Three years later, when sons Richard III and Thomas Jr. were toddlers of three and one years old 10 , Lieutenant Swords accompanied his regiment on its return to Ireland. King George III gave him permission to return to North America for twelve months. At the end of a year, should he decide to remain in the colonies, he was to ask a General Gansell to dispose of his Commission. Or he could return to his regiment in Ireland, retaining the rank and pay of a Lieutenant. On "Monday next," in May of 1765, Thomas set sail once again for America. 11   He must have known at this point that he was destined to make his home there. His infant son James, born while Thomas was "many leagues at sea," waited with his mother and brothers on the opposite coast.

At the conclusion of the Seven Years War, the British Government reflected on the merits of keeping thousands of war weary soldiers in ranks in Ireland, England or America. They decided that the cost of supporting the troops would be a wasted sum, and so encouraged the resignations of their soldiers. As incentive they promised 2000 acres of wild land in America, and half salary, to each man who gave his notice. c   This was probably the primary factor in Thomas' decision in 1766 to dispose of his commission.

Why Thomas did not build on the 2000 acres alloted him is not clear from the documents available. In her later claims, Mary Swords expresses uncertainty as to whether the land was actually granted. 13   A land deed dated October 3, 1766, verifies that Thomas purchased a lease for 151 acres near Saratoga, New York, from a Henry Bleeker, and "was subject to the perpetual rent of forty Pounds annually. 14

Thomas Swords proceeded to build a fine farm near the banks of the Hudson. Reverend Henry Monroe later testified that "Mr. Swords had a very good House better than common for that part of the Country...There were about 12 Acres of Meadow, 20 Acres of Corn Land, and other cleared Land to the amount altogether to about Fifty Acres--". 15   The Swordses raised beef cattle, tanning hides in a pit behind the house, and selling surplus animals to travelling drovers. To capitalize on the abundance of timber, Thomas built a small pearl ash works, which yielded soda ash, a principal ingredient in the process of tanning leather. 16   Apparently there was enough lumber left over to draw a profit when shipped to Albany and rafted down the Hudson to New York City, despite the cost of transportation. 17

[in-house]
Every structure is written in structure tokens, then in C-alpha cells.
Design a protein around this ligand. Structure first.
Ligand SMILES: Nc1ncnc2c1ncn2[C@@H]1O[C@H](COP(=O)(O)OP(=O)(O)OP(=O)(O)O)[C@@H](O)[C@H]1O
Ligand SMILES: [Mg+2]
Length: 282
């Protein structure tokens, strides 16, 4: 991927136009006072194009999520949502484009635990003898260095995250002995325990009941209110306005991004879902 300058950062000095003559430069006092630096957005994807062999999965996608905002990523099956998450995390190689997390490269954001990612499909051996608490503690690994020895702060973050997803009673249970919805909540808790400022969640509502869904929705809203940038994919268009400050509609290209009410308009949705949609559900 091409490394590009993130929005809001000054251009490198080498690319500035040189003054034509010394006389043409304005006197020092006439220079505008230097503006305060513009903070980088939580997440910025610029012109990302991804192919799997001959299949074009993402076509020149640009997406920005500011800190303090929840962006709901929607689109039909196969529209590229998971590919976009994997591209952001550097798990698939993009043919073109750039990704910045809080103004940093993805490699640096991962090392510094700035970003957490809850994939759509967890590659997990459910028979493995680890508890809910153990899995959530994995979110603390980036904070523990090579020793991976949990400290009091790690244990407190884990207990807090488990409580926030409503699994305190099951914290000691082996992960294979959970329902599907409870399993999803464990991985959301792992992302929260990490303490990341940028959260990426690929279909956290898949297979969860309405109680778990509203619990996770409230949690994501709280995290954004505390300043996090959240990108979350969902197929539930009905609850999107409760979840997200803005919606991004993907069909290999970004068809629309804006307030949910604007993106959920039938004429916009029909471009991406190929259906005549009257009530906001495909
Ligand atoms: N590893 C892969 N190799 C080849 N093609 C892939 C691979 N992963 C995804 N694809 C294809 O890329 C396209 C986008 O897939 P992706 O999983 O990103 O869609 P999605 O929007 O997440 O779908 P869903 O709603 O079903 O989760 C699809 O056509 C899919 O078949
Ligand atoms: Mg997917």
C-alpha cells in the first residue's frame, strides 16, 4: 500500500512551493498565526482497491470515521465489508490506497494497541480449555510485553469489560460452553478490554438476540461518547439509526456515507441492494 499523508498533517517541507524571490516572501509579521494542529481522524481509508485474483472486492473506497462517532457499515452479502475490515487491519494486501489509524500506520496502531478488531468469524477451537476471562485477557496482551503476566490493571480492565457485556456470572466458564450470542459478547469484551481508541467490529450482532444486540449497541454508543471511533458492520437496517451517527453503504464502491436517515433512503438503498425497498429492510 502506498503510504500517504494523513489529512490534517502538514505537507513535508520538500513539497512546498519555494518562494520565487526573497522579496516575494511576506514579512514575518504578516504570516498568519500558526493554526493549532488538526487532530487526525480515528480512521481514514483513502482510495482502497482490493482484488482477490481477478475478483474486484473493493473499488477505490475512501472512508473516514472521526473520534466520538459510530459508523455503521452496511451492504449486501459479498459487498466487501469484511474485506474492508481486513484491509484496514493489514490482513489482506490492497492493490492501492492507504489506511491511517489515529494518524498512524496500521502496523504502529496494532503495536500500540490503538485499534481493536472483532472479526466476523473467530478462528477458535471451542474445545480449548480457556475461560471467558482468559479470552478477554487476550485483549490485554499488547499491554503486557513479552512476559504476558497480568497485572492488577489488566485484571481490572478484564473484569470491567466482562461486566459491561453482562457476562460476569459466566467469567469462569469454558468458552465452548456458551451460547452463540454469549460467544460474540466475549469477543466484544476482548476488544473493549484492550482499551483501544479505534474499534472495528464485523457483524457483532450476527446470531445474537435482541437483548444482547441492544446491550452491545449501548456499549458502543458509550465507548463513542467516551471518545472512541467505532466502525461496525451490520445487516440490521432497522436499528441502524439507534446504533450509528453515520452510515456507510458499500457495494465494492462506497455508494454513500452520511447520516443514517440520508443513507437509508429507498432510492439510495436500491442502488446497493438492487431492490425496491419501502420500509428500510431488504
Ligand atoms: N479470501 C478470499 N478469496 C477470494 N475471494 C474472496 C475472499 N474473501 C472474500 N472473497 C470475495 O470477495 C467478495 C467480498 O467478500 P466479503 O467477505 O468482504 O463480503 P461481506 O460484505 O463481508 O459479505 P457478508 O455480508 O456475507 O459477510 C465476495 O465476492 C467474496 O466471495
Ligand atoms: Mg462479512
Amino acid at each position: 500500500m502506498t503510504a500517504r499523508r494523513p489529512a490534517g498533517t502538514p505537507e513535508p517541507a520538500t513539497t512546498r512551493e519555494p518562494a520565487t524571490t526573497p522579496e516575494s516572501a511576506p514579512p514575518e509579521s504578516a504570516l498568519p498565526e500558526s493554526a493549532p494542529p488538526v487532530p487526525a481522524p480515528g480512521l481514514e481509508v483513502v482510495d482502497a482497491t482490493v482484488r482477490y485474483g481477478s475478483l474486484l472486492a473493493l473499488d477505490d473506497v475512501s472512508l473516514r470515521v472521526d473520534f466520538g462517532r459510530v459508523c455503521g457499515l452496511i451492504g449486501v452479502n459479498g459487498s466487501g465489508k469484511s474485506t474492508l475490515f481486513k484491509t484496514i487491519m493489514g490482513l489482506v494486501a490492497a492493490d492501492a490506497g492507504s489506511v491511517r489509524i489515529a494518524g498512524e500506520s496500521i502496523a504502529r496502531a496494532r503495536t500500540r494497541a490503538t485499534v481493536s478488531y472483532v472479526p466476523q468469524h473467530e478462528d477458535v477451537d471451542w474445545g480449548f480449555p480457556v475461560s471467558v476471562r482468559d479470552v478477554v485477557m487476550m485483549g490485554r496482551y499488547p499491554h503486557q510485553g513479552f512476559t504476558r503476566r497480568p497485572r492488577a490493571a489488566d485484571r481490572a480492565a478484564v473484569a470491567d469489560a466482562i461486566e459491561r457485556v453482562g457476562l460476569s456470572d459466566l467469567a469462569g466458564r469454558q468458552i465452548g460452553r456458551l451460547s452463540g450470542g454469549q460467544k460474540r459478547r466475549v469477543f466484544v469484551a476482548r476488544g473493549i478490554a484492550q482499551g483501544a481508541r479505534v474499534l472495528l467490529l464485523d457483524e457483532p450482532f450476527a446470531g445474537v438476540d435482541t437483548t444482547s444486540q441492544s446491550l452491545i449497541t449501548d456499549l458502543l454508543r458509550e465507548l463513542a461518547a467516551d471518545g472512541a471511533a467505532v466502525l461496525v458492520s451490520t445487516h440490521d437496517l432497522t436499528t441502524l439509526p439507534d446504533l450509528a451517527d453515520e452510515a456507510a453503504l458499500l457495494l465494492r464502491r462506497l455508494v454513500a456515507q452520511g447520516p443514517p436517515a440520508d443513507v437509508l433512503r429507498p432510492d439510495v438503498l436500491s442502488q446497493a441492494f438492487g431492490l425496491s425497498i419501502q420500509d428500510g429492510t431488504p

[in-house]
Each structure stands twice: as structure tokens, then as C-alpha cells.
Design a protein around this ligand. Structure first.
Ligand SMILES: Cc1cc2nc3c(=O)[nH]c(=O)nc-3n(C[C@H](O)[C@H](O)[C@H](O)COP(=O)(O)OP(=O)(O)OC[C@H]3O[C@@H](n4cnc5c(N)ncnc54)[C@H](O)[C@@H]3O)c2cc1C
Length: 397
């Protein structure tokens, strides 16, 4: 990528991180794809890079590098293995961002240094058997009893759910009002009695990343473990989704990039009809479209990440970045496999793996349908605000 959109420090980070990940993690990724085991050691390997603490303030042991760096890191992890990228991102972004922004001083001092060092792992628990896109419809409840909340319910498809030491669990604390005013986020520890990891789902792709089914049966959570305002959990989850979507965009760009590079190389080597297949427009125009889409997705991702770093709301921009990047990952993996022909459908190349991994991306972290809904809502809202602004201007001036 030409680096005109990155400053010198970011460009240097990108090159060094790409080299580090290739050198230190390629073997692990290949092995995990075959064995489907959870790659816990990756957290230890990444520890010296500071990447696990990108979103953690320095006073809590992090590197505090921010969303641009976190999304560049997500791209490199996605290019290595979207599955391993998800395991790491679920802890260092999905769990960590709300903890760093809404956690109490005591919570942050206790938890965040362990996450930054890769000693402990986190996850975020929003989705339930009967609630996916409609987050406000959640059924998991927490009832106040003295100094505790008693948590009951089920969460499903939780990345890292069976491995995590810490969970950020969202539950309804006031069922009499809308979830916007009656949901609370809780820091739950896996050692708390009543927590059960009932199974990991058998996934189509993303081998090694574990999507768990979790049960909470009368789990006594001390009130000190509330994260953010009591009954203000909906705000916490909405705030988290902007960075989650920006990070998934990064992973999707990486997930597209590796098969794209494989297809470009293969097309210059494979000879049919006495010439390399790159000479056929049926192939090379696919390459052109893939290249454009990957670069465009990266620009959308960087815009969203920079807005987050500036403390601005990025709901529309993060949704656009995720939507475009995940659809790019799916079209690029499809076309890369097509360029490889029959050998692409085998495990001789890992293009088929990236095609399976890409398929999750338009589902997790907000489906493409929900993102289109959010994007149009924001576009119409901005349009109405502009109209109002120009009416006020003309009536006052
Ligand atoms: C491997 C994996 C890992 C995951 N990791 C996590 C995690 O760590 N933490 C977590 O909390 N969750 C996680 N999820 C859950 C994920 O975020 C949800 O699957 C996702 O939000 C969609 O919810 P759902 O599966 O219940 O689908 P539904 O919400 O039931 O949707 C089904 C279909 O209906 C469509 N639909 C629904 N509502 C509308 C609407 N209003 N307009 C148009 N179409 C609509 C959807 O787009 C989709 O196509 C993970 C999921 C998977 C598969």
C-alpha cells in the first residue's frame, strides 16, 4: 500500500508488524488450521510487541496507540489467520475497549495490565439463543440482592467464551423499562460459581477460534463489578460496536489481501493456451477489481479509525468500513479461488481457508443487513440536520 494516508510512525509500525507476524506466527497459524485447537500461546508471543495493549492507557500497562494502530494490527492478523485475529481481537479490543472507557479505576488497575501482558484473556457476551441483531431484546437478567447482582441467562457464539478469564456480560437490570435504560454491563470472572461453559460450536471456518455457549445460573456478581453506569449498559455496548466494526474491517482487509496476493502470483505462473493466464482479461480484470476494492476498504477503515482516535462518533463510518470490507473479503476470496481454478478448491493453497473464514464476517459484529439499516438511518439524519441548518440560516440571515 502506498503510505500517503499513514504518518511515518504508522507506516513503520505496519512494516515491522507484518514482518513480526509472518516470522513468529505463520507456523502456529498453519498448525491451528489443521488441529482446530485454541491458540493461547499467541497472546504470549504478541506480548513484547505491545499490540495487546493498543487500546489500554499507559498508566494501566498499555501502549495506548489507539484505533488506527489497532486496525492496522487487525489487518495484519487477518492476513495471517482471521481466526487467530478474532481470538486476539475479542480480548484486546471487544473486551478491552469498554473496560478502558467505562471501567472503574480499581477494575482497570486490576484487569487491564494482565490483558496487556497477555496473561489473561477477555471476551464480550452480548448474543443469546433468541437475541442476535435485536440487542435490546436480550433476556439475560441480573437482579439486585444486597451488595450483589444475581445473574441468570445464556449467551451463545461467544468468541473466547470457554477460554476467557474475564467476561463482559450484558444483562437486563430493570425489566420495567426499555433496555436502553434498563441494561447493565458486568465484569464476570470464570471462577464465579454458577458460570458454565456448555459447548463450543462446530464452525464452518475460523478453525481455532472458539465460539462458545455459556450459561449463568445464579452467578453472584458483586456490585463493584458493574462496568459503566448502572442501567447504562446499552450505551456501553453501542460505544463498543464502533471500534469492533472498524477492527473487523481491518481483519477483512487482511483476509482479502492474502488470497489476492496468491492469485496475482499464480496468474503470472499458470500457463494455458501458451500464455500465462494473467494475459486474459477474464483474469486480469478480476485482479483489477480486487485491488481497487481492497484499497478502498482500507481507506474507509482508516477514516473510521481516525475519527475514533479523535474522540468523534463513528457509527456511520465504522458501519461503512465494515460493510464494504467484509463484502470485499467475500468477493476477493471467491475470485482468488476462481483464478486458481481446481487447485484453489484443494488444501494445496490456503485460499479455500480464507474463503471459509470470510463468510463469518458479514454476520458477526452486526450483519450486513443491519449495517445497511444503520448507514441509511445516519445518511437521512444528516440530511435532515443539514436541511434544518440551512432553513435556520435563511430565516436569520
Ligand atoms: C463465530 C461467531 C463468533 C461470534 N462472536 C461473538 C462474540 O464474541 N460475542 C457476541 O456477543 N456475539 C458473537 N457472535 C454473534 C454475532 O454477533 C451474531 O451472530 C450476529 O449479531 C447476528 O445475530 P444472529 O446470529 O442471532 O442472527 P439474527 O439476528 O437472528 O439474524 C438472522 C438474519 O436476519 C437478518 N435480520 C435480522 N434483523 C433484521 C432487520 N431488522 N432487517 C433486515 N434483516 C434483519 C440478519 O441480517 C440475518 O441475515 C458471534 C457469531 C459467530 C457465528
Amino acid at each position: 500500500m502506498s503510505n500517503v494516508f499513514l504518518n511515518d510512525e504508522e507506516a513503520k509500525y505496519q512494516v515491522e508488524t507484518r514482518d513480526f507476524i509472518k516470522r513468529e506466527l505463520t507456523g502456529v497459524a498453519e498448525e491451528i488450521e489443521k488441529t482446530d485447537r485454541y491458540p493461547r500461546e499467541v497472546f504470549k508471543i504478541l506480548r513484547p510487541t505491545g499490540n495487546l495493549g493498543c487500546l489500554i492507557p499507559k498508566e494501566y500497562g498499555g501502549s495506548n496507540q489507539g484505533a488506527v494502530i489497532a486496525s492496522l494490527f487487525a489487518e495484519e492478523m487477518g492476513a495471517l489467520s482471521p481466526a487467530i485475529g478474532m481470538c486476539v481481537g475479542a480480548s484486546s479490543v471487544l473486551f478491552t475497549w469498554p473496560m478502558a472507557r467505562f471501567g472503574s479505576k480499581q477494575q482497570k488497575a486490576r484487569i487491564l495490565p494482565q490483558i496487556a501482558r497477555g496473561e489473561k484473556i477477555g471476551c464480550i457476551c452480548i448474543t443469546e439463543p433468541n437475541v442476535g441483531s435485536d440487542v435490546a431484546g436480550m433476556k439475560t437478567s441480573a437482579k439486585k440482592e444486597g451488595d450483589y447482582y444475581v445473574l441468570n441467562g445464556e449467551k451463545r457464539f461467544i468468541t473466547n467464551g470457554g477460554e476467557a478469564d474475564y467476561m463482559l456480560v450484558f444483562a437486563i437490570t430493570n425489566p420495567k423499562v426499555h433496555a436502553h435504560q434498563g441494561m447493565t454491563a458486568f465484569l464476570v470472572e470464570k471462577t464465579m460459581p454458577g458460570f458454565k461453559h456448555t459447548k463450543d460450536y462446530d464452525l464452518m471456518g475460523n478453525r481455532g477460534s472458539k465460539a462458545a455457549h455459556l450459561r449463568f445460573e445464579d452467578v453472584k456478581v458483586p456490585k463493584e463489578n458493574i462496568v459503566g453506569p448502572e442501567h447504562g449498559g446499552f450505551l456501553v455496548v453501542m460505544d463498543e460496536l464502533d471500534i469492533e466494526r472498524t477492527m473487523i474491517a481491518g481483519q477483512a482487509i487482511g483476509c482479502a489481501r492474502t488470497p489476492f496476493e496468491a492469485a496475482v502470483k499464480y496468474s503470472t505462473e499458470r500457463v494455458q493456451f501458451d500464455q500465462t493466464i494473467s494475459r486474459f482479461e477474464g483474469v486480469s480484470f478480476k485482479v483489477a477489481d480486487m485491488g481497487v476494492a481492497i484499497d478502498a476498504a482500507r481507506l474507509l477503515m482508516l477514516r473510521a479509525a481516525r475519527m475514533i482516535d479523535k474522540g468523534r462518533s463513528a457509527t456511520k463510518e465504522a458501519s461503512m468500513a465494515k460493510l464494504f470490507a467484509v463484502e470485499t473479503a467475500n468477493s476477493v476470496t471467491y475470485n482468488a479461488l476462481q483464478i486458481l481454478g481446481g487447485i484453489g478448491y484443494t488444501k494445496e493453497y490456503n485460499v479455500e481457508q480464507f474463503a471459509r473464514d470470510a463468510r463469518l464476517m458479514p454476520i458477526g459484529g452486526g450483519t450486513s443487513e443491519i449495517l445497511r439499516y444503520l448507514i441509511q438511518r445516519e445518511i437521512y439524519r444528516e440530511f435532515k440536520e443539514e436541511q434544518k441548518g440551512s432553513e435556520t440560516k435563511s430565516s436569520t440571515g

Sometime after 1768 Thomas bought the land allotment of a brother officer, paying 500 Pounds for 2000 acres in Ulster County. Mary writes that her husband was "in considerable expense on surveying and fees" of 1500 acres of land in Charlotte County, 18 purchased jointly in 1774 by Thomas and an acquaintance.

Swords and his partner Robert Henry, a "worthy and rich" man, delivered wheat and supplies to nearby inhabitants and took responsibility for shipping their lumber to New York. 19 Mary wrote that a quantity of spars and masts on its way to the City in 1775, was confiscated by the rebels and used for patriot fortifications there. 20 The Swordses often offered temporary lodging to colonists heading Westward in the early 70's. "Here he dwelt in considerable state, tilling his fields, dispensing far and wide the hospitality proverbial among his countrymen, and assisting in many ways the neighbors less favored by fortune. Until a quite recent period, many old residents of that region could be found to speak gratefully of his many deeds of generosity and thoughtfulness." 21


Immigrants like the Swordses from Britain, Scotland, Ireland, and even Germany, as well as native colonists considered themselves Americans. Nine tenths of the population was rural. Starvation was unknown, as agriculture became the main resource of the colonies. Trade and manufacture began to gain momentum, and sailing ships were built. Distilling molasses into New England rum became a favorite source of income and pleasure. Local crafts such as printing, glass blowing and clock making were practiced in the more populous towns. 22

As the colonies developed, the inhabitants dwelt less often on their British heritage. Increasingly America's interests and capabilities diverged from those of the mother country. In the 1750's, colonists did not yet resent England's domination over them. Yet Britain herself realized that 3000 miles of stormy Atlantic separating mother country from her colonies would tend to push them apart. Further she desired to retain America as a source of raw materials and a market for manufactured goods. She saw prosperity in America progressing independently and all too rapidly. To strengthen her control, and later to pay off her war debts, England introduced a new program of severe taxes and legislation after 1763. 23

In an attempt to limit settlement of the colonies to the east of the Alleghenies, thereby avoiding conflict with the French, the King issued the Proclamation of 1763, portending the more oppressive acts which were to follow. Before 1764, policies of British mercantilism, though severe on paper, were seldom enforced and were therefore ignored by the colonists. Yet, with the issuance of the Sugar Act, America was forced to obey the tyrannical demands of the mother country. For the first time the colonists felt decidedly handled by pompous men in shiny boots thousands of miles away. The purpose of the Stamp Act was to provide enough funds to cover one third of Britain's defense costs. If Americans were not represented in Parliament because it was physically impossible, the colonists argued, England did not have the right to tax them. Riots, pamphlets and the Stamp Act Congress in October 1765 followed the act. The Townshend Duties and Tea Act further enraged Americans. In response to the latter, the Revolutionary group the Sons of Liberty, disguised as Indians, boarded tea ships lying in Boston harbor and dumped their cargo into the ocean. Britain retaliated with the series of Coercive or Intolerable acts which reduced Massachusetts to the status of a Crown colony. 24